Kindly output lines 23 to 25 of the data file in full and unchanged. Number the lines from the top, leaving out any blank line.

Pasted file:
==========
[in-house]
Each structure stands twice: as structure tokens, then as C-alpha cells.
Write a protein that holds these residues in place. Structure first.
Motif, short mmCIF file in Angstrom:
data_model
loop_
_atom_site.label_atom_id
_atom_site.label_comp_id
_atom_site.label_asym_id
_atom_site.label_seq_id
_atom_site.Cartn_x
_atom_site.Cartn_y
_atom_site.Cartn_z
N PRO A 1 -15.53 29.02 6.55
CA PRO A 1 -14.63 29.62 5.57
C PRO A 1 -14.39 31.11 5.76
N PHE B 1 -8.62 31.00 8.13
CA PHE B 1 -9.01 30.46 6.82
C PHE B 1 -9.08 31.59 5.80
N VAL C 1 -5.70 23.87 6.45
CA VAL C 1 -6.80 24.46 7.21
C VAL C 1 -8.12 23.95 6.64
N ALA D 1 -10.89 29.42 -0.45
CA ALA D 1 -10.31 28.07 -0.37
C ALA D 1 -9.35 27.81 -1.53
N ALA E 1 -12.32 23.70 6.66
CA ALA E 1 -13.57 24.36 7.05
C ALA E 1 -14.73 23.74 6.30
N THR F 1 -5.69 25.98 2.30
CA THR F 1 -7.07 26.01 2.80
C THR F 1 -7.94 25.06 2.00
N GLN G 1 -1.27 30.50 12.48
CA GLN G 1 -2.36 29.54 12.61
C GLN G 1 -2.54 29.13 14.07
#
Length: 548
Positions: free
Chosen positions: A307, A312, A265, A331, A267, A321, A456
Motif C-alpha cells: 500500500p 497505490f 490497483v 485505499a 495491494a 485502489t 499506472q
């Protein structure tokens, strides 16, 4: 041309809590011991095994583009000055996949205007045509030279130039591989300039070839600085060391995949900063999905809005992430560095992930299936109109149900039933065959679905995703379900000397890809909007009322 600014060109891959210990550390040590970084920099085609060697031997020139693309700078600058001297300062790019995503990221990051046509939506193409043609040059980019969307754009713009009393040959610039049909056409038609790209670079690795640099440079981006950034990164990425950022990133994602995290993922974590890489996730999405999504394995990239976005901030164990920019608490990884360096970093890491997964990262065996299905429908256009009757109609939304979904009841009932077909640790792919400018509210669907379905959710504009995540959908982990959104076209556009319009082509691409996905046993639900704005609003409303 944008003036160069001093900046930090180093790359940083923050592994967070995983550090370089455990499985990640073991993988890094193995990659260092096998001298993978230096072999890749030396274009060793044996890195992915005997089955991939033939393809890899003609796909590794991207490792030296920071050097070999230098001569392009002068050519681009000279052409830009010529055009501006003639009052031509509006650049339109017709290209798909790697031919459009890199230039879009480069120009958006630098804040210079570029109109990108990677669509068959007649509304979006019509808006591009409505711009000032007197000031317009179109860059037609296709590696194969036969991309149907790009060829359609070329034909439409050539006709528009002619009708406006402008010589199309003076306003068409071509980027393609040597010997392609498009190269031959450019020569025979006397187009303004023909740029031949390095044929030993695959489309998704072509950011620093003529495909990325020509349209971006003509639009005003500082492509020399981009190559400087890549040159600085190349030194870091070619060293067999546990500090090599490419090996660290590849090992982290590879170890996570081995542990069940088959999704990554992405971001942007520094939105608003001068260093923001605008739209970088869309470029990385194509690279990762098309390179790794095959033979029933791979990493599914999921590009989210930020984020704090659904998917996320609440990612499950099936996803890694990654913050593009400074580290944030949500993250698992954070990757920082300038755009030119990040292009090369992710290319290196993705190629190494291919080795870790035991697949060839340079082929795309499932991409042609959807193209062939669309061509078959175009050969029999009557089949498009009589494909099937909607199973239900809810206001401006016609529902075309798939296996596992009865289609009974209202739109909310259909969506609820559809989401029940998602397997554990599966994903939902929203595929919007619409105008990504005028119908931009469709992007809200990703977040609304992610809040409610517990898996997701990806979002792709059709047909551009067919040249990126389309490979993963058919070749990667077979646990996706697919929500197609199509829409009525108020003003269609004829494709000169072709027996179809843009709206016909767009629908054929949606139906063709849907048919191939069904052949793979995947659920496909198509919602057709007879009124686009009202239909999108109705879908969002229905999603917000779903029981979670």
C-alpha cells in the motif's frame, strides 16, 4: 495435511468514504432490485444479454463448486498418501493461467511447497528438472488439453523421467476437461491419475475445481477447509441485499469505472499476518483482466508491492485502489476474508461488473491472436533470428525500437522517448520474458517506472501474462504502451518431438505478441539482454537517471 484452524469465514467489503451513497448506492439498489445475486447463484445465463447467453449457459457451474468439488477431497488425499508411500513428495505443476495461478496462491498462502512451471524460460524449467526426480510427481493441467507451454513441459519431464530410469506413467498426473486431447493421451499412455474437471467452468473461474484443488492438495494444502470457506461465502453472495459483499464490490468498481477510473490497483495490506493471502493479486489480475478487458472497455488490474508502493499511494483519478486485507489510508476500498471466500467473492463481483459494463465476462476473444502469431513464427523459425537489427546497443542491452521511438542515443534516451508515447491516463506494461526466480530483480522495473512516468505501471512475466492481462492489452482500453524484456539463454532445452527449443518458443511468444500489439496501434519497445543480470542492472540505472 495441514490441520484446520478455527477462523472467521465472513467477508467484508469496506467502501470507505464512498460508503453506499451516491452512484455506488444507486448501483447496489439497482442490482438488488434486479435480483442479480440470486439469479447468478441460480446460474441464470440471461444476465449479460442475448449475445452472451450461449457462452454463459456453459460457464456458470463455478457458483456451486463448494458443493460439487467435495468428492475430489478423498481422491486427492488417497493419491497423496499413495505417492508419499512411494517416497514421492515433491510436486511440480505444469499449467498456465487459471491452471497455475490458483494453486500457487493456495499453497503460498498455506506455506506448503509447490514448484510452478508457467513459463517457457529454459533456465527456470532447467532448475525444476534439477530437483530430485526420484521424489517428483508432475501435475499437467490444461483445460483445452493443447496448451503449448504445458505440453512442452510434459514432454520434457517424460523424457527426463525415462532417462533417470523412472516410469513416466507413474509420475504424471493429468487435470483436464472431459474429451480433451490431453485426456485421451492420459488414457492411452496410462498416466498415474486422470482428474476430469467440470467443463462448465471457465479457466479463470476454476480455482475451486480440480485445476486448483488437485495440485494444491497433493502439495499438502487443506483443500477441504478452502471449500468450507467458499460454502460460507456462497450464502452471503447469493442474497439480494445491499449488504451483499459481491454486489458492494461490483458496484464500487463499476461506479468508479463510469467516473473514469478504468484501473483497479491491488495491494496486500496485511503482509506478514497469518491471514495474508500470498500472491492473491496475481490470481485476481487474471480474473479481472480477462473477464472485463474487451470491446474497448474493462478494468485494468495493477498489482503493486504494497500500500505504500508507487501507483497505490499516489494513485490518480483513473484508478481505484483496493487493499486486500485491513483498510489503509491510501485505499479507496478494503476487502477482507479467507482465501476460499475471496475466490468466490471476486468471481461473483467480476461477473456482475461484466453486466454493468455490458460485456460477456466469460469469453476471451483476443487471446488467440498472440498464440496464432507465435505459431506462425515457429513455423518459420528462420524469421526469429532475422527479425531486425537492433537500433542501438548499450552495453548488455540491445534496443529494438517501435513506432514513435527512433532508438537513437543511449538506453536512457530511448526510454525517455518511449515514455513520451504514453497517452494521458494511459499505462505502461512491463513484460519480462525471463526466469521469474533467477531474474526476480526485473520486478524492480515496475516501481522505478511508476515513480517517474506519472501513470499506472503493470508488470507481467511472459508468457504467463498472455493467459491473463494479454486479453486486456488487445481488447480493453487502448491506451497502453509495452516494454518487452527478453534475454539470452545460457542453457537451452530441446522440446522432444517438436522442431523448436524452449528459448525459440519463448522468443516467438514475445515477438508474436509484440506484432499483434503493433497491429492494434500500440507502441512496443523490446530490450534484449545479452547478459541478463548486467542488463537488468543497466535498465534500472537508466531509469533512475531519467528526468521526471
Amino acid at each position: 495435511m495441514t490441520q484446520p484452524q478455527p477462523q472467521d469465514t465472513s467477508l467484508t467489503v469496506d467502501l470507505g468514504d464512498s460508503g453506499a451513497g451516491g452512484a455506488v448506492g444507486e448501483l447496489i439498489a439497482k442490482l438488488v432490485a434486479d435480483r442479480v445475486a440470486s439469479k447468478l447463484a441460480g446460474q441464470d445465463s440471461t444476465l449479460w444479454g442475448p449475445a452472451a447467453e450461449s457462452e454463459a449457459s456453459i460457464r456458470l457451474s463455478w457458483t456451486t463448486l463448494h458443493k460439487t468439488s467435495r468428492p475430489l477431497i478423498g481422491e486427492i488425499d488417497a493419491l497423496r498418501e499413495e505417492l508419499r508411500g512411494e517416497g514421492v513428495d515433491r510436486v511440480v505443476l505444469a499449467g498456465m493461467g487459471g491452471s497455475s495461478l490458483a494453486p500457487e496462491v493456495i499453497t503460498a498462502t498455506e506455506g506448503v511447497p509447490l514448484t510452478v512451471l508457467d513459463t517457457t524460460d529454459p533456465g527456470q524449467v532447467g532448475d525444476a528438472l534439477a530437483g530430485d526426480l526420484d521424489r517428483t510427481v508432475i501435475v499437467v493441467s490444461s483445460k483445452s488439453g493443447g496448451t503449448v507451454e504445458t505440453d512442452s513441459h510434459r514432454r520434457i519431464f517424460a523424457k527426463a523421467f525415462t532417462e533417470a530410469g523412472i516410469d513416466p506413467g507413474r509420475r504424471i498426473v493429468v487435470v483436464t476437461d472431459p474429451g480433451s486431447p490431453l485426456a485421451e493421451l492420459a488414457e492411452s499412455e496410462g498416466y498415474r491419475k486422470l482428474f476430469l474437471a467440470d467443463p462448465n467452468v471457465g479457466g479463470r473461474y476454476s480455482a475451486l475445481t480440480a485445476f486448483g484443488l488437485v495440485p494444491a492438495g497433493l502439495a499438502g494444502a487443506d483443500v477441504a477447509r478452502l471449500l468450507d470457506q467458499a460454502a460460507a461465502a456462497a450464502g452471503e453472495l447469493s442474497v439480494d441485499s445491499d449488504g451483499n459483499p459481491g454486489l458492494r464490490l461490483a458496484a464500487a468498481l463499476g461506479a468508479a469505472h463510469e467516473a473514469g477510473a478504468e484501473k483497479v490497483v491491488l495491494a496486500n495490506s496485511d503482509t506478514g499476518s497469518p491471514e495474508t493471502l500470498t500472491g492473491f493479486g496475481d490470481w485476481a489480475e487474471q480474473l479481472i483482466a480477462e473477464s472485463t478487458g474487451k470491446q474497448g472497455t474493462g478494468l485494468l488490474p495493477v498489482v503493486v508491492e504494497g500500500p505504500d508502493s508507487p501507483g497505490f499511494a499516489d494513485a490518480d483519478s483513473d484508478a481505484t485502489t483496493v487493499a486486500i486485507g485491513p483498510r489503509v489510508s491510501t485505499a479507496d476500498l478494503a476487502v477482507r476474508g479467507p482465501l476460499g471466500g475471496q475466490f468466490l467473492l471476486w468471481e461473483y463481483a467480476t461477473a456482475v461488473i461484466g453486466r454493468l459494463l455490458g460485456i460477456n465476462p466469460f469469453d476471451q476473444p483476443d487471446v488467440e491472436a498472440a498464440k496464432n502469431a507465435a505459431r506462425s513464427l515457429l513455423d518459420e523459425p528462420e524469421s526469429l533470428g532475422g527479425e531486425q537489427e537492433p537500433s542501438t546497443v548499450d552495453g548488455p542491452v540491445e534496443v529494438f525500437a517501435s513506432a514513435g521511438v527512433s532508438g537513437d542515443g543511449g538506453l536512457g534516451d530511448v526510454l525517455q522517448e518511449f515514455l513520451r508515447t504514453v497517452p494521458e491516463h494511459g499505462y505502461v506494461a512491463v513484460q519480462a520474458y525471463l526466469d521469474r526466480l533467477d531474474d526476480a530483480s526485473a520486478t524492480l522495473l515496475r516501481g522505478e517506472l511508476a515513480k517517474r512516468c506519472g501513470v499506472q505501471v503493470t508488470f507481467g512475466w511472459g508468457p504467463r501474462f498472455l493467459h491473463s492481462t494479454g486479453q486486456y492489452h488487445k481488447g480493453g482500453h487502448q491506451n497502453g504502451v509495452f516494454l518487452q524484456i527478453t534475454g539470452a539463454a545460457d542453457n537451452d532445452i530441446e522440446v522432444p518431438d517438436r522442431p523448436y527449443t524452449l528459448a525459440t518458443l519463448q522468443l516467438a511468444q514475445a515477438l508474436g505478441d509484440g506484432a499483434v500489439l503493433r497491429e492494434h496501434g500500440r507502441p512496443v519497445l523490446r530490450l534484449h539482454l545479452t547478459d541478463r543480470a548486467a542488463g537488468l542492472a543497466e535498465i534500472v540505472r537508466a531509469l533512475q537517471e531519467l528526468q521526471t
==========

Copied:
N ALA D 1 -10.89 29.42 -0.45
CA ALA D 1 -10.31 28.07 -0.37
C ALA D 1 -9.35 27.81 -1.53